Six Pixels of Separation - The Blog
August 10, 2012 5:00 PM

Job Snobbery

Does the title on your business card define you?

Alain De Botton is probably as close as we'll get in today's society to a true modern philosopher. I was first turned on to his thinking when Julien Smith (Trust Agents and The Flinch) left me a copy of his seminal book, The Pleasures And Sorrows Of Work. As someone who has always pursued that which was of interest to me, I am constantly bewildered by people who are miserable at work, or feel like they deserve something more (without doing much about it for themselves). At a young age, I realized that work - for the vast major of the population - is soul crushing. Thankfully, I learned this lesson long before I entered the workforce and set myself up so that I would not be in that position (as much as possible).

First world problems.

Realizing that these are first word problems, in this Big Think video clip (and, by the way, if you don't subscribe to the Big Think video channel, you really should), De Botton looks at the true value of what we, as individuals, are worth. Both in terms of how we perceive ourselves and how we see others. It's amazing how enlightening this short two-minute clip is. How often do you find yourself being asked, "so, what do you do for a living?" It happens often enough and, as much as I try to rehearse and be prepared for that exact moment, I always feel like whatever I say has - in a small or big way - diminished what I'm truly all about. Don't you always feel judged by your answer or what it says on your business card?

We shouldn't, but we do. Sadly. Watch this...

By Mitch Joel


Comments Comments Feed
  • Posted by Bill Laidlaw
    Mitch Joel

    I don't care Mitch because Alain is right "they know nothing"

    Reply
  • Posted by Promod Sharma
    Mitch Joel

    We can't express ourselves via a business card or in seconds. Who can? How horrible if we could.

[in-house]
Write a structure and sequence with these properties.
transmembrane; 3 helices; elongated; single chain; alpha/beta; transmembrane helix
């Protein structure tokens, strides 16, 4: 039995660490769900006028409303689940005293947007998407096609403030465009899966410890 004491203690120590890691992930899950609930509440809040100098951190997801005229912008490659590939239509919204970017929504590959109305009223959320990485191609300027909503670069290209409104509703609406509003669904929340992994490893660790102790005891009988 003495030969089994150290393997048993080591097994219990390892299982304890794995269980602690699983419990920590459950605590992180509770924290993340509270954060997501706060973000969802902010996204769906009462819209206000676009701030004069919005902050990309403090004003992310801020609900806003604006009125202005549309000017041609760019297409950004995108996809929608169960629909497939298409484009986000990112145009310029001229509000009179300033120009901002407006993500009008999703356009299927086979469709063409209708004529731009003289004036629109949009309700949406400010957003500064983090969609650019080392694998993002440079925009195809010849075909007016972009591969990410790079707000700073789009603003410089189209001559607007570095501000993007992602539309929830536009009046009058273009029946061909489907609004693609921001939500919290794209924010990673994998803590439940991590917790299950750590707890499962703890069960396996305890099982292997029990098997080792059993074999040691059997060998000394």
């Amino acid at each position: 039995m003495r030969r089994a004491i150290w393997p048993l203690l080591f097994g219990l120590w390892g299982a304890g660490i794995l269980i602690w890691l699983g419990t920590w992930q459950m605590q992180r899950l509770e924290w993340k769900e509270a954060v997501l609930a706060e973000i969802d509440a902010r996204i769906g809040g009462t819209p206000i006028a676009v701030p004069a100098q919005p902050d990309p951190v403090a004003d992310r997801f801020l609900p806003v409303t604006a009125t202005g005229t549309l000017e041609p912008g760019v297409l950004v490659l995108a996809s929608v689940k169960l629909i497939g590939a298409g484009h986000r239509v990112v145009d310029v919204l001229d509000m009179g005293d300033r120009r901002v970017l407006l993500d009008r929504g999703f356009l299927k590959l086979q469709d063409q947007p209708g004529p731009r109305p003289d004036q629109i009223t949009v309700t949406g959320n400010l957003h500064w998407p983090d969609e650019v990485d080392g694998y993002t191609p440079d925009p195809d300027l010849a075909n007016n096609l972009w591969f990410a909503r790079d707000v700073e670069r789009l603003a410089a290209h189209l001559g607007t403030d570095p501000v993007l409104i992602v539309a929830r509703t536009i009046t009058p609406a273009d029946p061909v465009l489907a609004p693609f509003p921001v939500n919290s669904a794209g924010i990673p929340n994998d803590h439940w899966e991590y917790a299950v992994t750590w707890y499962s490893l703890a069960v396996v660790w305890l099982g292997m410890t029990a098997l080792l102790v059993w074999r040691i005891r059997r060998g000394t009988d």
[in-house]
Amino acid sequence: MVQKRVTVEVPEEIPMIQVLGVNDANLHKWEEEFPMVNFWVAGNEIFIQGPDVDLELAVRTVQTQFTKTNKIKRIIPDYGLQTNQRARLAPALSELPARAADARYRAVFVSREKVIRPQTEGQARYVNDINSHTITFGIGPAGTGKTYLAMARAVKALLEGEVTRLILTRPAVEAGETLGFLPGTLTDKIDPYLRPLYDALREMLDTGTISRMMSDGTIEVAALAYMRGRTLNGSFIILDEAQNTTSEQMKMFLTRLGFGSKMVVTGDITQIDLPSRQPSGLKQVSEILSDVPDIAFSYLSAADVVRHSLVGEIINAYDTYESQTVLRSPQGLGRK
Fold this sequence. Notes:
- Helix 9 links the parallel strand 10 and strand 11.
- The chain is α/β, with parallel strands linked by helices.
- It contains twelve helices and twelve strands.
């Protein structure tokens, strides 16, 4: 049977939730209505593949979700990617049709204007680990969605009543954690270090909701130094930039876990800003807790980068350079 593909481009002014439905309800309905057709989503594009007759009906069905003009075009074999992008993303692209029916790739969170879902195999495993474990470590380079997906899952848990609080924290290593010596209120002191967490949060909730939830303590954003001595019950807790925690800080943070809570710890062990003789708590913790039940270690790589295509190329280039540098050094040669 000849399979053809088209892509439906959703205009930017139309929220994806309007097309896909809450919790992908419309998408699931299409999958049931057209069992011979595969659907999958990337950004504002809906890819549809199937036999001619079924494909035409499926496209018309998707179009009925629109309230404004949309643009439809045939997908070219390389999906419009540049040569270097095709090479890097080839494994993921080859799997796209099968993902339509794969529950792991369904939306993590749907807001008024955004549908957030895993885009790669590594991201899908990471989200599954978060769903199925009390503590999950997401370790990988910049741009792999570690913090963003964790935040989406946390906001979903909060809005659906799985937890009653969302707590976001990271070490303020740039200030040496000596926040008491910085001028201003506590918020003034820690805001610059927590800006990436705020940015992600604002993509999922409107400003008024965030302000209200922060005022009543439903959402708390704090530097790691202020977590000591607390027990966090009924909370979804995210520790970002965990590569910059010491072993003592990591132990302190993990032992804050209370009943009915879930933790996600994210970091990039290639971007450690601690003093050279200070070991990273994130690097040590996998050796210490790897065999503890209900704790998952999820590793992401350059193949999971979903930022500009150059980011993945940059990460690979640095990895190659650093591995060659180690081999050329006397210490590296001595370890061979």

We can express ourselves online in text, audio and video? Who bothers? Too few. That takes time and commitment. Until recently, we could not express ourselves easily or find our tribes. We now have the tools. Distance barely matters. There was a time when long distance phone calls were expensive. Education used to restricted by admission requirements and fees. Now we can learn online for free.

    Yes, I've seen many people with unsatisfying jobs. I've heard many complaints about how unfair things are. I haven't seen many of these people take steps to make their lives better. We face challenges, which means we face opportunities if we act.

    Reply
  • Posted by PJ Brunet
    Mitch Joel

    Another reason to leave NY. And the guy stealing your wallet judged you in about 30 seconds too ;-) I only lived there two months and was robbed twice.

    Reply
  • Posted by Arnold Beekes
    Arnold Beekes

    Yes, I so dislike this approach. Many years ago the question was 'how do you do?'. So the people where interested in you as a (whole) person. And now there are only selfish motives in this question 'what do you do?'.

    Reply
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